Look at the chart below. I’ve whited-out the name of the underlying investment.
Any guess as to what it is? Perhaps a high-flying tech stock? Something 5G-related? Or perhaps a marijuana company?
You’d be surprised …
The chart above belongs to the Invesco Solar ETF (TAN). And it just had a big breakout. This week, it climbed over 8%. And it’s up more than 70% since its December low.
And remember — this is for an ETF, which means it holds a basket of solar stocks. For an entire group of stocks to climb a collective 70%+ in such a short period of time is highly unusual.
Better yet, if we narrow in on specific solar leaders, the gains are even more amazing.
For example, here’s SunPower — look at the staggering price breakout yesterday.
It shot up as much as 37% at one point. And since its December low, it’s pushed higher 223%. Look how it’s blown away the S&P …
As I write Friday morning, it’s up another 3%.
No one else is talking about this yet, but here’s the reality …
Solar is making people rich. Yet very few investors realize this is happening … which means there’s still plenty of room for huge gains.
For many years, solar stocks lagged behind the broad market. But I’m confident we’ll look back at April/May of 2019 and say that’s when investors “flipped the switch …”
That’s when the age of Solar Stock Millionaires began … when, with little fanfare, a massive wave of wealth creation began to form … when people started making fortunes from one of the biggest energy revolutions in human history.
People will lament missing out on it just like they missed out on Amazon, Netflix, Bitcoin, and cannabis.
But you’re here, reading this right now, at the right time — on the ground floor.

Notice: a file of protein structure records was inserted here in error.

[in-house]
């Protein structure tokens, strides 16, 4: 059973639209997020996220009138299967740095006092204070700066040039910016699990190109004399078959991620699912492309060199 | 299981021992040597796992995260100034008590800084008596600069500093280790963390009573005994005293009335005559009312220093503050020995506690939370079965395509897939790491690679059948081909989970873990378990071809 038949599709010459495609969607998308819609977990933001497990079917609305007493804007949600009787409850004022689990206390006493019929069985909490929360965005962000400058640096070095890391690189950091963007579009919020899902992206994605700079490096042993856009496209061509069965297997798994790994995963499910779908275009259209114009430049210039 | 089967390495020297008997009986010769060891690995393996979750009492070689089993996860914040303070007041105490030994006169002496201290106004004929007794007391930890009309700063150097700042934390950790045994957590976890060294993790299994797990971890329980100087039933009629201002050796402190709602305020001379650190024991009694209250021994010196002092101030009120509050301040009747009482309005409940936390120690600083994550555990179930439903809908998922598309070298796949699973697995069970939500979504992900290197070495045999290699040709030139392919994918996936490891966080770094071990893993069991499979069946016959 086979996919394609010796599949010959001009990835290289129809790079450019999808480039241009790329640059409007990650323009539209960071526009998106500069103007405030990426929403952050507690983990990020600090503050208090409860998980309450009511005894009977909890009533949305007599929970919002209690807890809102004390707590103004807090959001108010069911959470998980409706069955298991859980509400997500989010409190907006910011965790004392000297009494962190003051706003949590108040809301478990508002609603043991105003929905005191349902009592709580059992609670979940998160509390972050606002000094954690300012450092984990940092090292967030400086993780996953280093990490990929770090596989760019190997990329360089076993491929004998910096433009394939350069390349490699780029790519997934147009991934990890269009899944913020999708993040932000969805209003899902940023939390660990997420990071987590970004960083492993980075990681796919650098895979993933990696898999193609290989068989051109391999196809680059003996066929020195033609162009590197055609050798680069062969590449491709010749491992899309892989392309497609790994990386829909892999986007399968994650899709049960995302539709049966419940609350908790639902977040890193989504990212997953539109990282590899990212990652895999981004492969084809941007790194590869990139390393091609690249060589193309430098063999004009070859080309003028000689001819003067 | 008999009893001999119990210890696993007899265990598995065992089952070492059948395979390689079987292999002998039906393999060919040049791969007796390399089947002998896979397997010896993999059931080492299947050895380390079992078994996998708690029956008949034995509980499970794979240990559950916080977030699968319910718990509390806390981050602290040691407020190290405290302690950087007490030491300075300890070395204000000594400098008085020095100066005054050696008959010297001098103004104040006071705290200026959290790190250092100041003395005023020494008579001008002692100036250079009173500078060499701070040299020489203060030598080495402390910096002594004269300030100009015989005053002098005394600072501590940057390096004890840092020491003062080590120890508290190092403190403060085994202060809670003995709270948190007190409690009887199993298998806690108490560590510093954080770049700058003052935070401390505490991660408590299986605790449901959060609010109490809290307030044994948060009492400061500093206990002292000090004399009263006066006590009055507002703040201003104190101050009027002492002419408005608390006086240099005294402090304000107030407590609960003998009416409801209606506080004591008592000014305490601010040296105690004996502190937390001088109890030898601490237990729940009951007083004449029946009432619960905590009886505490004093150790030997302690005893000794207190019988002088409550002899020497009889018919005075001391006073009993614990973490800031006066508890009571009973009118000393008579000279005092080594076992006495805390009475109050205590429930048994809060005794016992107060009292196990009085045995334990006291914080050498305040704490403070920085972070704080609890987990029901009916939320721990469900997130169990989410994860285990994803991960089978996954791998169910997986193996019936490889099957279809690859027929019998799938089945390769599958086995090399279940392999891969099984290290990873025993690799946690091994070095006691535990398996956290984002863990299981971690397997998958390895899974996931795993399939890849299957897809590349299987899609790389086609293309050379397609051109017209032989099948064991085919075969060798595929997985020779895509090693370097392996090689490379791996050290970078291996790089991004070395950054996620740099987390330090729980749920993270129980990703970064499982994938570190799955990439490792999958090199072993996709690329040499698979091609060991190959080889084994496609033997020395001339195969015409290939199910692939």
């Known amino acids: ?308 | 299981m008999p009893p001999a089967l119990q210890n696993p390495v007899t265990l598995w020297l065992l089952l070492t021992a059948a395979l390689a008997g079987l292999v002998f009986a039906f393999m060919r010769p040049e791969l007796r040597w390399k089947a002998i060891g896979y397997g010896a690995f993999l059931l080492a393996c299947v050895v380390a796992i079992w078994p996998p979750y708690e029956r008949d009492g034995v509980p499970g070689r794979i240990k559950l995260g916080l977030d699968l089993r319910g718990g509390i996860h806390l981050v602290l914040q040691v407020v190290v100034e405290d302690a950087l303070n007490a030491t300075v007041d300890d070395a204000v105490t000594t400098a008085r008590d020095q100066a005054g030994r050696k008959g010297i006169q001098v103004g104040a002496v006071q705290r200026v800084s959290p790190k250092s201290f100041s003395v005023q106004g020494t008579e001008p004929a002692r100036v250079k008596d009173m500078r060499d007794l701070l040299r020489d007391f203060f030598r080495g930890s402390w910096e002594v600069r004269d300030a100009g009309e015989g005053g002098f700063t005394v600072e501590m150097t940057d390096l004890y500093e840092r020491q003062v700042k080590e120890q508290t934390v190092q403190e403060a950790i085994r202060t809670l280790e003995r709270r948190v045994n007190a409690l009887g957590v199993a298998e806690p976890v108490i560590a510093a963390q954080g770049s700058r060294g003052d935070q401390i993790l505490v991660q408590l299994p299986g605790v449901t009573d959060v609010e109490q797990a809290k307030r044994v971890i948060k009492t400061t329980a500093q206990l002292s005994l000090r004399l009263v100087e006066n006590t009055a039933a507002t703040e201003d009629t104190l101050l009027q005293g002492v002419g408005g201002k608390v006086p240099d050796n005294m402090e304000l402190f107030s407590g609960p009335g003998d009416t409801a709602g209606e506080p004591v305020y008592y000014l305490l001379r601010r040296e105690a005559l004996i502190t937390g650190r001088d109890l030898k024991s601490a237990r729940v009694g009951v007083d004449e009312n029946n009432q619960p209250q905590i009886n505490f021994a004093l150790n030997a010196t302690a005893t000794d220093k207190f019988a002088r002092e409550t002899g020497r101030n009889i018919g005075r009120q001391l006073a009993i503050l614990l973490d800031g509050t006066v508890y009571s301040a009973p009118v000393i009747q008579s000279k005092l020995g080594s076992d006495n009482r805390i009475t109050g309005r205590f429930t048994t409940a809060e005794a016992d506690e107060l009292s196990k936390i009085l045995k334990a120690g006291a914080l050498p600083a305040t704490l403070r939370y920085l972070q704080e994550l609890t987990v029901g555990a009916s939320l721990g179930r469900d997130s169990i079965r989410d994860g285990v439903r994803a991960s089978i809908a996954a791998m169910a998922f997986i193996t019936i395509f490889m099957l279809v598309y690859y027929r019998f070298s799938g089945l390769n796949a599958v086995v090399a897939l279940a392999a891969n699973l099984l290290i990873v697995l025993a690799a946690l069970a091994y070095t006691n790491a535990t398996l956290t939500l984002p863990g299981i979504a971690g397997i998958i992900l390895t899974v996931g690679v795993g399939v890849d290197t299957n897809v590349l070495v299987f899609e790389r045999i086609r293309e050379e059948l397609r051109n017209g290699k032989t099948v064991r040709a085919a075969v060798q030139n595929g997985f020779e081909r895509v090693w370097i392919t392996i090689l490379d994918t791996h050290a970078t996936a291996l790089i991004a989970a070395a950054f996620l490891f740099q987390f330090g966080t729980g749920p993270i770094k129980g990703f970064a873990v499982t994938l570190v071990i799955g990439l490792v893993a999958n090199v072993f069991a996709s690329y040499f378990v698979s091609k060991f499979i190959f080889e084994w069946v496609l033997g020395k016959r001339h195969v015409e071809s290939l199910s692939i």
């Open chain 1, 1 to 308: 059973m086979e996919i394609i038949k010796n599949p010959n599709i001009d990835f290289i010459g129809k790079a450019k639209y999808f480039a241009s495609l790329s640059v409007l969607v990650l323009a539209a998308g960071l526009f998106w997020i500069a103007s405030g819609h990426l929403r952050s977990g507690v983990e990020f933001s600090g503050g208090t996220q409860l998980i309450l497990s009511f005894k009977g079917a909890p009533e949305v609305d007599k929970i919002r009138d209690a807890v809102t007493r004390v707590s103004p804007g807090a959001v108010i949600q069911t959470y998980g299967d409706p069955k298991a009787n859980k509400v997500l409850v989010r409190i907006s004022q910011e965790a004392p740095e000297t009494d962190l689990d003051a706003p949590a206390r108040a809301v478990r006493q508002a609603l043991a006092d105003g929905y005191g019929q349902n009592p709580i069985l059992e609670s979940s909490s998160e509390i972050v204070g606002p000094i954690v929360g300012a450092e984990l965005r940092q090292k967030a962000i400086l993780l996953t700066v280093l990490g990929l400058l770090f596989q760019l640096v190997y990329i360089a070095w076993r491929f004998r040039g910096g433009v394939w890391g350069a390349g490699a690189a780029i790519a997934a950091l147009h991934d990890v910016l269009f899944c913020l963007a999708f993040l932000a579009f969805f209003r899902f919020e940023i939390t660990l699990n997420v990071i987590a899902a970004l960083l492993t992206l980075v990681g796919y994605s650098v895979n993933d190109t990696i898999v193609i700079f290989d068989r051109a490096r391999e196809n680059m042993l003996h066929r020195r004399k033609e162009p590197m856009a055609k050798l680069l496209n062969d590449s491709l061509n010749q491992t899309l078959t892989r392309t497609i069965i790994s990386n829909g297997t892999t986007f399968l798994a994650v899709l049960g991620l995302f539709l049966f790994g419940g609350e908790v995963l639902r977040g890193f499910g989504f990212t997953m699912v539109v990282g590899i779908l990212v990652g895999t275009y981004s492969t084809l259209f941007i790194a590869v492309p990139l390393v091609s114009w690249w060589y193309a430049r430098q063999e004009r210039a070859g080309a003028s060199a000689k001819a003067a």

This is a chance to be a part of solar’s ascendency … from the beginning.
Here at InvestorPlace, we’re thrilled to feature one of the preeminent solar investors in the industry — Eric Fry, editor of Fry’s Investment Report. He’s been recommending solar to his readers for many months now … and yes, he has them in on SunPower, so they’re benefitting from yesterday’s pop.
Eric’s experience with macro trends has helped him call nearly every significant market move of the past 25 years … and he’s made more stock recommendations that resulted in 1,000%+ gains than anyone we know in the financial newsletter industry. Given this, he now has the nickname, “Mr. 1,000%.”
So, in today’s Digest, we’re turning to Chris Skokna, who works closely with Eric. He’s put together a piece featuring Eric’s solar research.
Solar’s time has come. Don’t let this one pass you by.
The Hidden Reason America’s Most Hated Technology Is Surging
Imagine if more than half of all the cars ever manufactured were sold in just the past three years.
Buy Detroit, right?
Or imagine if more than half of all the software ever sold had been installed just since 2016.
I don’t know about you, but if I heard that, I’d be moving even more of my money into Silicon Valley.
Well, a statistic like that is taking shape right before our very eyes. But too many investors are ignoring it because they “hate” this technology.
I’m talking about solar power.
Now maybe you were one of those mid-2010s investors who got burned by SunEdison Inc. They watched their shares soar 2,000% on hype and hope, only to plummet to nearly zero and get delisted from the New York Stock Exchange once the reality of falling prices and no profits kicked in.
That’s just one of many solar flameouts in the recent past. And that’s on top of many politicians bad-mouthing solar tech every chance they get. No wonder it’s so hated.